I used to work in my projects like editing a file and uploading the changed files back to the server every time when it feels like those changes are OK. But when the number of files gets bigger, I loose track which files I’ve edited. In that case I had to upload all the files again to the server via FTP.
I am using Git as my primary SCM tool. Although I wasn’t using any SCM until I realized how essential it was when developing the plugin WP User Frontend. Some clients asked me to modify the plugin to fit in their project, others asked about other requirements. So every time I had to modify that plugin to suit their needs from the beginning. And It was a pain in the ass to track where I changed for that custom work. Because I had to update the plugin again to release in the public without the custom modification. So, it was a nightmare.
Anyway, back to the topic. I thought I can easily track those changed files and can only upload those change sets and it’ll be very tiny. So I am writing the process as a future reference for myself and might help others too.
1. initialize your project
$ mkdir awesome-project
$ cd awesome-project
$ git init
As I was also working with git submodules, I’ll add the submodule to my newly created awesome project. If you don’t know what a submodule is, it’s usually an another git repository that can be used under another git project.
2. Adding git submodule
[shell]$ git submodule add ~/www/tiny-framework lib/framework[/shell]
Here I am using another git project
~/www/tiny-framework inside my
awesome-project in path
awesome-project/lib/framework. This command will clone my
tiny-framework project in the
You can skip the submodule part if you are not using any.
3. pulling changes from the framework
In case you have updated your tiny-framework project, obviously you’ll want to bring the changes to your awesome-project too, but those changes will not automatically pulled down in your awesome project. You’ve to pull it manually.
$ cd lib/framework
$ git pull
Now you’ve worked in your project and ready to deploy to the server for test or production usage. It’s time to add a remote branch to your project.
4. Add remote repo to deploy the app
Now add a remote repository to your awesome project.
[shell]$ git remote add production ssh://example.com/~/git/app[/shell]
I have shell access to my server, so I am adding the server as the remote repository. The trailing
~/git/app is the path where I’ll be pushing my local repo. In case you don’t know what the
~ sign means, it’s a shortcut to your home directory path.
5. Create the app bare repo in server
Now that you’ve added the remote repository to your local machine, you’ve to create the actual remote repository to the server. Log in to your server and create the folder and initialize the empty git repo.
$ mkdir git/app
$ cd git/app
$ git init –bare
You might have noticed, I am creating a bare repo here. There are some reasons behind why I am using bare repo.
The bare repo is not like a normal git repo, it doesn’t and will not contain any files that you’ll be pushing from your local repo. What we’ll be doing is :-
- we will create a post-receive hook in this bare repo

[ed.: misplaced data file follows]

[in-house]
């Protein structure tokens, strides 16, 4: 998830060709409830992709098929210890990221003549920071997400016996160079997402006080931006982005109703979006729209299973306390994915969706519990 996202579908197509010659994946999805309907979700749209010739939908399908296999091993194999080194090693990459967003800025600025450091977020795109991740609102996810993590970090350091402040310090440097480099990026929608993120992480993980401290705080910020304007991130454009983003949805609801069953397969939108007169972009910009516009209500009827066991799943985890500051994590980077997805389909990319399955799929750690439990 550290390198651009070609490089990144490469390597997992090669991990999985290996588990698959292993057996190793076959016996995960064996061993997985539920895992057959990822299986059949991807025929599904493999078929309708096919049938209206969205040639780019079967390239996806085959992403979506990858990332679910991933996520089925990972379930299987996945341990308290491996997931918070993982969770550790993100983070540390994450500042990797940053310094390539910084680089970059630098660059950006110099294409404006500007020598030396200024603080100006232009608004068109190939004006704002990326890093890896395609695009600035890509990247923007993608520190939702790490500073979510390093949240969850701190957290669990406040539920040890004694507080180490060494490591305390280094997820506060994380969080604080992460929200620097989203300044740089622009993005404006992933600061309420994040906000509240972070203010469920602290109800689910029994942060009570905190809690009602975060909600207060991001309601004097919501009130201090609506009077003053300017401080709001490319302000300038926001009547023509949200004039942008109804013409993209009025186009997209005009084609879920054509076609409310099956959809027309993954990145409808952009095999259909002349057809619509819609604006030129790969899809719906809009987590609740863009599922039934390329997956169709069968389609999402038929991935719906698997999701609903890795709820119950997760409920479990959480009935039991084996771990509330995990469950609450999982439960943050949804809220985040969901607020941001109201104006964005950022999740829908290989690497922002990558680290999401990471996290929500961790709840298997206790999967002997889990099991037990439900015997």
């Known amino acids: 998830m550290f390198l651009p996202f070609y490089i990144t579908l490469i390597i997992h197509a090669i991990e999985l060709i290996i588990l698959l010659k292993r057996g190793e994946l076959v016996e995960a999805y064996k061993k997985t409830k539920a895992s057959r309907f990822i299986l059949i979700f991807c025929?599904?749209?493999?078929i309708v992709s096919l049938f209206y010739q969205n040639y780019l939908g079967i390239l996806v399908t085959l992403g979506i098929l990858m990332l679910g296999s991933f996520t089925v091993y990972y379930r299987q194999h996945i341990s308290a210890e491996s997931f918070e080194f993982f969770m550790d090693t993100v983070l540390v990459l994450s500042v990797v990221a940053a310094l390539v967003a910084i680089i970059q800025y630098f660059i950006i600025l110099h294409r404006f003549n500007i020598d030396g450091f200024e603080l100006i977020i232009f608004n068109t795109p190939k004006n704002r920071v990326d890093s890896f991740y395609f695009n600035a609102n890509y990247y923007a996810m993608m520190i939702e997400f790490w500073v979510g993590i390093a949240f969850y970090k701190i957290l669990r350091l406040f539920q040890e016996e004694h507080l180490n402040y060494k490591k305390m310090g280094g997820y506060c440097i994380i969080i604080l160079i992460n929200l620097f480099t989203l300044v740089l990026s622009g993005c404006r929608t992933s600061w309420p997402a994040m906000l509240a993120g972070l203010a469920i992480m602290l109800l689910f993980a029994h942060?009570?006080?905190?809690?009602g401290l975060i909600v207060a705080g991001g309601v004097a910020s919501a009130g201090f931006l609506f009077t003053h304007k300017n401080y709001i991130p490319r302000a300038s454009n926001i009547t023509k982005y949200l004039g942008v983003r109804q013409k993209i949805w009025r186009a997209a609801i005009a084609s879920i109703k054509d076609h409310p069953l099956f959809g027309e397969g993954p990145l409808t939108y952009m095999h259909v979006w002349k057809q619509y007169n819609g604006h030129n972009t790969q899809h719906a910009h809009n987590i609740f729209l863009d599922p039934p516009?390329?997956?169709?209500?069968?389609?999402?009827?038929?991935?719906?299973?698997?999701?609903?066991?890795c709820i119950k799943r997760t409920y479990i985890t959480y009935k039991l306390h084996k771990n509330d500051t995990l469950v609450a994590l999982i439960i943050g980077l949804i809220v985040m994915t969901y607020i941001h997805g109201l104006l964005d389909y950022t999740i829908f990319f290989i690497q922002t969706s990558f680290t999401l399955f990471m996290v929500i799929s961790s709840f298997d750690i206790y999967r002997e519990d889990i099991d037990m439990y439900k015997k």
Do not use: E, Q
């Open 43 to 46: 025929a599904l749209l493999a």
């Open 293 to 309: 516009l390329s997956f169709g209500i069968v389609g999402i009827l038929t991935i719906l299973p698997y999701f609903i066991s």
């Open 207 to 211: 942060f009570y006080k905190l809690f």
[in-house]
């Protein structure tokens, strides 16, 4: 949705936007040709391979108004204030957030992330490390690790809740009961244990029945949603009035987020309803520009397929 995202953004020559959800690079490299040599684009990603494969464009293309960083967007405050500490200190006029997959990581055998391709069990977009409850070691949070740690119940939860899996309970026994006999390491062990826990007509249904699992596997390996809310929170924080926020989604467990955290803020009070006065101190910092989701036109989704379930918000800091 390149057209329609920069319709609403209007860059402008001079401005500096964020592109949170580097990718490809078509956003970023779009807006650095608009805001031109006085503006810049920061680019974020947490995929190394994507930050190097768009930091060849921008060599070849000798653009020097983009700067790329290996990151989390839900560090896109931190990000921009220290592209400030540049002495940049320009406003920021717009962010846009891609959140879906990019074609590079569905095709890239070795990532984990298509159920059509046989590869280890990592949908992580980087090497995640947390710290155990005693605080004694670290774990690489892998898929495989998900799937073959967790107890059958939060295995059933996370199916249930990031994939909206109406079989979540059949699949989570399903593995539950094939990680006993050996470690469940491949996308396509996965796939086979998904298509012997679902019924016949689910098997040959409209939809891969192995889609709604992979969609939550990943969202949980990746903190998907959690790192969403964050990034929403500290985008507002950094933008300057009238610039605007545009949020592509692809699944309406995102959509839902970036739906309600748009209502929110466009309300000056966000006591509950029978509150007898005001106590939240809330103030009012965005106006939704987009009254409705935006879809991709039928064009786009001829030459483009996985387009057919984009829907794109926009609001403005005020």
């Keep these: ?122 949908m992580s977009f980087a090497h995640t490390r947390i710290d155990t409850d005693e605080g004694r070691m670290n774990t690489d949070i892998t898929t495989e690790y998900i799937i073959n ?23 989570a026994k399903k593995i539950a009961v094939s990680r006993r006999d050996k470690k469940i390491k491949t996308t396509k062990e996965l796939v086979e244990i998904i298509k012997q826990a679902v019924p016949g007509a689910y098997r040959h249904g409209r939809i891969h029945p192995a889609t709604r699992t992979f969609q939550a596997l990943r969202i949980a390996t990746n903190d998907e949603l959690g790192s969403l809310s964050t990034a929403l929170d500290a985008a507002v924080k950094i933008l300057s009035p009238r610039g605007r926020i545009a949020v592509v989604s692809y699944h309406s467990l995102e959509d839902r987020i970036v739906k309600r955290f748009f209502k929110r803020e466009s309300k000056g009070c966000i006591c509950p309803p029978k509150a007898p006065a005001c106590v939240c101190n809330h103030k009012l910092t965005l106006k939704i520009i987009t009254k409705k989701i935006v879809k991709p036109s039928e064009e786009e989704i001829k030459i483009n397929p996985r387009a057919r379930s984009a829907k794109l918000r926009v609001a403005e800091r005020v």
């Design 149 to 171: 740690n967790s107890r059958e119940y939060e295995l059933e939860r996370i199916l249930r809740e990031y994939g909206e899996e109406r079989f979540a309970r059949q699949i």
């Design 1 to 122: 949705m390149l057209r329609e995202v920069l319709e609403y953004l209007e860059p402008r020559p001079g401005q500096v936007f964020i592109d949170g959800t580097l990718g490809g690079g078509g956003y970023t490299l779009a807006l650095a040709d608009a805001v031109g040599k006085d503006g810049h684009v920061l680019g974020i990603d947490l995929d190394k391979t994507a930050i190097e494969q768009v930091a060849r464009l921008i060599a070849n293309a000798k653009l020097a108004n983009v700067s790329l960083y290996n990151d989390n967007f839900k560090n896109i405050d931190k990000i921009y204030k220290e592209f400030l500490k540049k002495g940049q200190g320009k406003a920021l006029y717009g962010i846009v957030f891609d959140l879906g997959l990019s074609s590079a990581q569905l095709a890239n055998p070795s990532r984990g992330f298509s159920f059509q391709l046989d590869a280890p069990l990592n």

- we will push the local repo to this bare repo
- the post-receive hook in this bare repo will checkout our local repo and will copy our local files to another folder in the server
6. Add post receive hook to the server
Now in this bare repo, we’ll add the post receive hook to checkout our local repo
$ cd hooks
$ vi post-receive.sample
7. Add the details of the folder to clone
You’ve to add this line in the
post-receive.sample file. I am using vi/vim, you can you nano or emacs or whatever editor you want. But make sure you are providing the right path to the folder. In my case, my local repo will be copied to the
awesome-project folder in
[shell]GIT_WORK_TREE=~/public_html/awesome-project git checkout -f[/shell]
8. Rename and make executable
To make the hook work, you’ve to rename the
post-receive.sample file to
post-receive and make it executable
$ mv post-receive.sample post-receive
$ chmod +x post-receive
9. Now push the changes
Now everything is done, we are finally able to push our local git repo to the server. The files will be placed in
public_html/awesome-project folder in the server.
$ cd awesome-project
$ git push production master
Now, you might have noticed, the submodule has not been deployed to your server, why is that? Because git consider the submodule as another git repo and if you want to push the submodule too, you’ve to create an another bare repo in the server, configure the post-receive hook, adding the remote repo in the submodule and push them again as you did for your awesome-project, damn! But you’ve to do it 🙁
10. Push the submodule
Repeat the process 4 to 9 again. That means:
- cd into the “framework” folder
- add remote repo
- create bare repo in server (e.g: ~/git/framework)
- add the post-receive hook in path: ~/public_html/awesome-project/lib/framework
- push the local changes
Thats pretty much it.
Skipping the password prompt
Now your system is ready and you can always push your changes to the server. But, every time it’ll ask your ssh password when pushing the changes. You can skip this problem too. Generate a private/public key for your laptop/computer. Log in to your cpanel. Goto the
SSH/Shell Access =>
Manage SSH Keys. Then import your public key and authorize it. From now on, you’ll not be asked to enter your password every time you push you changes.
Extra: Removing a git submodule
If you want/have to remove the submodule from the project, here’s how to do it
[shell]git rm –cached path/to/submodule[/shell]
One thought on “Deploying PHP apps with git and git submodule”
If you’re interested, I’ve found an easier way to handle submodules. See my post-receive hook here: https://gist.github.com/jtsternberg/11e95ad15ac0075c040e27cccfc324f4